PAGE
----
Pfizer develops RSV vaccine for infants given during pregnancy
Pfizer says study shows RSV vaccine had 82% efficacy rate for infants up to 90 days and 69% up to 6 months
Pfizer announced the development of an experimental vaccine administered to pregnant women in order to protect infants from severe illness.
The pharmaceutical company announced in a statement that the vaccine was effective at protecting infants and mothers against respiratory syncytial virus, or RSV, in phase 3 of the company's study.
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Administered during pregnancy, the vaccine demonstrated an efficacy at around 82% from birth to the first 90 days of life; afterward, the efficacy lowered to about 69% for the first six months of life. Overall, the mothers and their infants received the vaccine well and displayed no evidence for a cause of concern for safety.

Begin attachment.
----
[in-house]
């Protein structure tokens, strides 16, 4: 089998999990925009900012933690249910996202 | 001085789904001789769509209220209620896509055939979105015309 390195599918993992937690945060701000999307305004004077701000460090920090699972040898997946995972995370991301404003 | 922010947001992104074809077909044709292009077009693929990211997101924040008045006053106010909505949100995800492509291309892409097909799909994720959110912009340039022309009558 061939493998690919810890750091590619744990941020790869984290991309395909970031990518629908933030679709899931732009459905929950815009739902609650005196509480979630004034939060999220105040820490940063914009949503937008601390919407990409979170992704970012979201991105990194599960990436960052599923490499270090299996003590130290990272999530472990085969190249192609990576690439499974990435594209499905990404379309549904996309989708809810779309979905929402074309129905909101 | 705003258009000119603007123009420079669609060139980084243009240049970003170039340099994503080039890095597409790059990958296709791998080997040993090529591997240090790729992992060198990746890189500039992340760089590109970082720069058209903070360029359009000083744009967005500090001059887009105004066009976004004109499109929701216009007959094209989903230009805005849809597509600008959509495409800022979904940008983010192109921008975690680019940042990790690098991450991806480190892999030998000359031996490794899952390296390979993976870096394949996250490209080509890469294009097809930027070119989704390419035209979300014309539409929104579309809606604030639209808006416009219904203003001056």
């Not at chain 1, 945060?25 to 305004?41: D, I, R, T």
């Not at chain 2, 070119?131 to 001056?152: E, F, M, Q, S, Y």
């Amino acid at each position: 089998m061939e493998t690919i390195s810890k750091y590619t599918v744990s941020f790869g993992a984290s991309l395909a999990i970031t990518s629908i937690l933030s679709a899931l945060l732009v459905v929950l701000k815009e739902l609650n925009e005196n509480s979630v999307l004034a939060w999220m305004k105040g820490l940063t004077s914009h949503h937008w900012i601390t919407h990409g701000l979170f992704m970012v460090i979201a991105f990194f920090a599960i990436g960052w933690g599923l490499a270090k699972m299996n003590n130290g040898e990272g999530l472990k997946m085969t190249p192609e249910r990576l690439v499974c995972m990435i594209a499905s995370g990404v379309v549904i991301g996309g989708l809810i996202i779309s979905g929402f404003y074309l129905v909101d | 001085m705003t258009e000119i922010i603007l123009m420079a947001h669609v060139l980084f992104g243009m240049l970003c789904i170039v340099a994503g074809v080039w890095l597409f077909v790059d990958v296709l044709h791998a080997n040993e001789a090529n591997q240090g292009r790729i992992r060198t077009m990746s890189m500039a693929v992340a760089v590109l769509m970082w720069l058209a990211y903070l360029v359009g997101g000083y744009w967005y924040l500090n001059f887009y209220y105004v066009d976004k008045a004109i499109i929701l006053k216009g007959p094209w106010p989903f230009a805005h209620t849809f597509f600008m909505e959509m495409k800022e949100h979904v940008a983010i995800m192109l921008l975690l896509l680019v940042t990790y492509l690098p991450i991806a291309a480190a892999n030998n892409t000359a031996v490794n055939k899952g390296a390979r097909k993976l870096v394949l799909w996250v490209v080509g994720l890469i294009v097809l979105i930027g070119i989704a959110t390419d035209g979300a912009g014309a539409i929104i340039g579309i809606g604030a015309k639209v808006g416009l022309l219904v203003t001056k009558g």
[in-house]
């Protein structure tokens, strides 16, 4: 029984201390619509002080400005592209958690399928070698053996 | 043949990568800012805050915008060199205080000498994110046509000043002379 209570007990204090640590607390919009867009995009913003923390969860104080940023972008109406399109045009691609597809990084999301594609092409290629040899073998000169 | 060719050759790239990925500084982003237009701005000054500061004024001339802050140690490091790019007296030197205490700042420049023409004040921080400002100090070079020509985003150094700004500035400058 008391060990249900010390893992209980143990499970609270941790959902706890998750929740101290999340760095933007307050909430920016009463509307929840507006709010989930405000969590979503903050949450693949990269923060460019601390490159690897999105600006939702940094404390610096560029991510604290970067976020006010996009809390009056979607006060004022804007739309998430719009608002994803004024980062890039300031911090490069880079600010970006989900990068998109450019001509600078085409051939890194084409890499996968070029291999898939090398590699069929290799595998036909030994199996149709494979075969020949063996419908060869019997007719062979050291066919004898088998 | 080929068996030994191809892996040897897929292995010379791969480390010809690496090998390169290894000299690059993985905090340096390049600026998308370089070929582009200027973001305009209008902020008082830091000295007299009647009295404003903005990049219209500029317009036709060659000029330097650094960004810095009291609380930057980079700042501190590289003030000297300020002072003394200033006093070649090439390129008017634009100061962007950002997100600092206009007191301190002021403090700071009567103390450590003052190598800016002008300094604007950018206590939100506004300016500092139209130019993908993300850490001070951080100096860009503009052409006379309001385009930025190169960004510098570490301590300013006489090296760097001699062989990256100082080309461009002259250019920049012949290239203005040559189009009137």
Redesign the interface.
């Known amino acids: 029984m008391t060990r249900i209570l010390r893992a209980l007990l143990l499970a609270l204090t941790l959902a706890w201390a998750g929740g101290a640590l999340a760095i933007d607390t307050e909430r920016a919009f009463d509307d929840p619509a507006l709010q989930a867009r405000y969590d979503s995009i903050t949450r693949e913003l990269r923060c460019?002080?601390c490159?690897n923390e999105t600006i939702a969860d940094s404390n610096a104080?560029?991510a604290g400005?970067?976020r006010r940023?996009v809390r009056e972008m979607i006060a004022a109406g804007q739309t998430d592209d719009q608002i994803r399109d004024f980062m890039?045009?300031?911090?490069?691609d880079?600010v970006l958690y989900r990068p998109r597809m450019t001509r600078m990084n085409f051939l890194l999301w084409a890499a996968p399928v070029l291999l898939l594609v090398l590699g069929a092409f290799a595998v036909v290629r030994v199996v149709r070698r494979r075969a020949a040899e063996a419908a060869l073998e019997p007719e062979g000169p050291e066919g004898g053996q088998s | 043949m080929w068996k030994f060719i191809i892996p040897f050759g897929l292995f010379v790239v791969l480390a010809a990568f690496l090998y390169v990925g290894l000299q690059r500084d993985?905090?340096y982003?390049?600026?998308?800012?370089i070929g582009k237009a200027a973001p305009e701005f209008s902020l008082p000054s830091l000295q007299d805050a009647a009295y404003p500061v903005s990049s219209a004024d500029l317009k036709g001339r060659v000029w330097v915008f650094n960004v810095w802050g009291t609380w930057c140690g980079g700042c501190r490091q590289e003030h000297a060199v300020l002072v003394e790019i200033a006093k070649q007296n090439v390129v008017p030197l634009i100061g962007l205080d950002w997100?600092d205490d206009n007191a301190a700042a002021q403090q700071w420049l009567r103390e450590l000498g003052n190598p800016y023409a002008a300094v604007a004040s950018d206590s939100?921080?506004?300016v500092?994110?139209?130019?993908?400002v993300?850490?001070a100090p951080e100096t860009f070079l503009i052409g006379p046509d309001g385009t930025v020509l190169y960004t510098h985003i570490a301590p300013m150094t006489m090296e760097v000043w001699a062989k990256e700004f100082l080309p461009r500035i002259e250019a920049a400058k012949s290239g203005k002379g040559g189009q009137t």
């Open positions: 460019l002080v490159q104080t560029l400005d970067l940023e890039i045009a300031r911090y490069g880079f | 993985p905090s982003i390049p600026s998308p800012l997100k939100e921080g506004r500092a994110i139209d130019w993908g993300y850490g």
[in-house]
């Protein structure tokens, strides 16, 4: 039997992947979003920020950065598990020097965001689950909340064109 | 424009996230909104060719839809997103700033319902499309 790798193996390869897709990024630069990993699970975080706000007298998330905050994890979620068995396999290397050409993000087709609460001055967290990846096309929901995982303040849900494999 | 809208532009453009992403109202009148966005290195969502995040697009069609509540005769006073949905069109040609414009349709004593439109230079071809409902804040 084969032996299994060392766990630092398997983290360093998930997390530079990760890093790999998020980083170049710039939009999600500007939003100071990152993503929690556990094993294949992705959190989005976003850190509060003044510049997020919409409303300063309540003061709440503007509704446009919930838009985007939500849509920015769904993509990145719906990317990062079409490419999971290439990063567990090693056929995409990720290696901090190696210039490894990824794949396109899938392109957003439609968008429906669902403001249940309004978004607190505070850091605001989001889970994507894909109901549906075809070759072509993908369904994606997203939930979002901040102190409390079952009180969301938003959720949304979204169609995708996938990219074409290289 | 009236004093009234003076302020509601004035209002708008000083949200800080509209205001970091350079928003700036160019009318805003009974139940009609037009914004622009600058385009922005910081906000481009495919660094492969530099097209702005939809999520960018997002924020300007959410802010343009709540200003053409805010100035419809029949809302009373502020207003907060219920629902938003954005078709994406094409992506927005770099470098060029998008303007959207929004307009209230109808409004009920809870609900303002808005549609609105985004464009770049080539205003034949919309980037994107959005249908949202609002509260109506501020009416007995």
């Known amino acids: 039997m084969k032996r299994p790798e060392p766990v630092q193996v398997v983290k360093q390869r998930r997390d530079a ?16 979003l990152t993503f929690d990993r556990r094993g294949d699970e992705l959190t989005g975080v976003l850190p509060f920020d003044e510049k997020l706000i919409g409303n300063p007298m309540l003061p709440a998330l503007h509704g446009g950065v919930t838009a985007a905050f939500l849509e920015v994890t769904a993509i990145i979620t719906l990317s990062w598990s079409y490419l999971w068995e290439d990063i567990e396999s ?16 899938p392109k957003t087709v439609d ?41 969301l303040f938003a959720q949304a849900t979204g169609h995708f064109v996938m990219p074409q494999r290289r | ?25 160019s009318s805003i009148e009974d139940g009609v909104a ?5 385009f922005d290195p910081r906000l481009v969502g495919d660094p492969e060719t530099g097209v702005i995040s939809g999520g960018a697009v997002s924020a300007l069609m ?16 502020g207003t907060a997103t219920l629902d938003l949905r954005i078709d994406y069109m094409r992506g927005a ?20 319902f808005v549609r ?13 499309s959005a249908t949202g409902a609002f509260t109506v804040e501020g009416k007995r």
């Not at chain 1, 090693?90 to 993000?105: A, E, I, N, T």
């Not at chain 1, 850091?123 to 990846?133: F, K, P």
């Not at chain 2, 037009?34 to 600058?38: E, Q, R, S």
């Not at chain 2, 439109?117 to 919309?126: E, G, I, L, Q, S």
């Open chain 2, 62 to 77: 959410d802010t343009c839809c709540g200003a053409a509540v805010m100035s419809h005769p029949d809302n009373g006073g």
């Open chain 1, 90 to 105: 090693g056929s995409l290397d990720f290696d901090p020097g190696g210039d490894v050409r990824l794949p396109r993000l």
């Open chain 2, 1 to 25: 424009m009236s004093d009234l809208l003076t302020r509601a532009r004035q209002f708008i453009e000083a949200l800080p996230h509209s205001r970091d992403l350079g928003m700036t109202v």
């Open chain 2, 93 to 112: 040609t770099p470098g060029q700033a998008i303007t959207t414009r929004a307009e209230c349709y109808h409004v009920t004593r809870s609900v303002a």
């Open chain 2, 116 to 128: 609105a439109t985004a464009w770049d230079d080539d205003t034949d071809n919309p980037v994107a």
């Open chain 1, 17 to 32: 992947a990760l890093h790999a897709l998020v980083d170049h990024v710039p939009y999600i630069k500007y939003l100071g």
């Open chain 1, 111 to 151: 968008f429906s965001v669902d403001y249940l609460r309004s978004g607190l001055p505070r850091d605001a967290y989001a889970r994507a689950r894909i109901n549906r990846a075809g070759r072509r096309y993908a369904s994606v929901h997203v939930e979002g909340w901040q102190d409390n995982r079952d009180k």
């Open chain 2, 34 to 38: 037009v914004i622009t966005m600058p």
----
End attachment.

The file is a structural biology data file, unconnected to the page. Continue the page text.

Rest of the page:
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"These data reinforce Pfizer’s resolve to bring our expertise in the research and development of innovative vaccines to address critical public health needs using new approaches and technologies. We look forward to working with the FDA and other regulatory agencies to bring this vaccine candidate to expectant mothers to help protect their infants against severe RSV during their most vulnerable first six months of life, which has the highest burden of RSV illness in infants. We would like to thank the pregnant women who volunteered for this trial, along with their infants, and all the investigators around the world who participated in the study for their contribution to this landmark research," said Annaliesa Anderson, senior vice president and chief scientific officer of vaccine research and development at Pfizer, in a statement on Tuesday.
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The findings of the study have not yet been published in any academic peer-reviewed journal.
Pfizer intends to submit a biologics license application to the U.S. Food and Drug Administration by the end of 2022. If approved, it would mark the first maternal vaccine to protect infants from a life-threatening respiratory illness.
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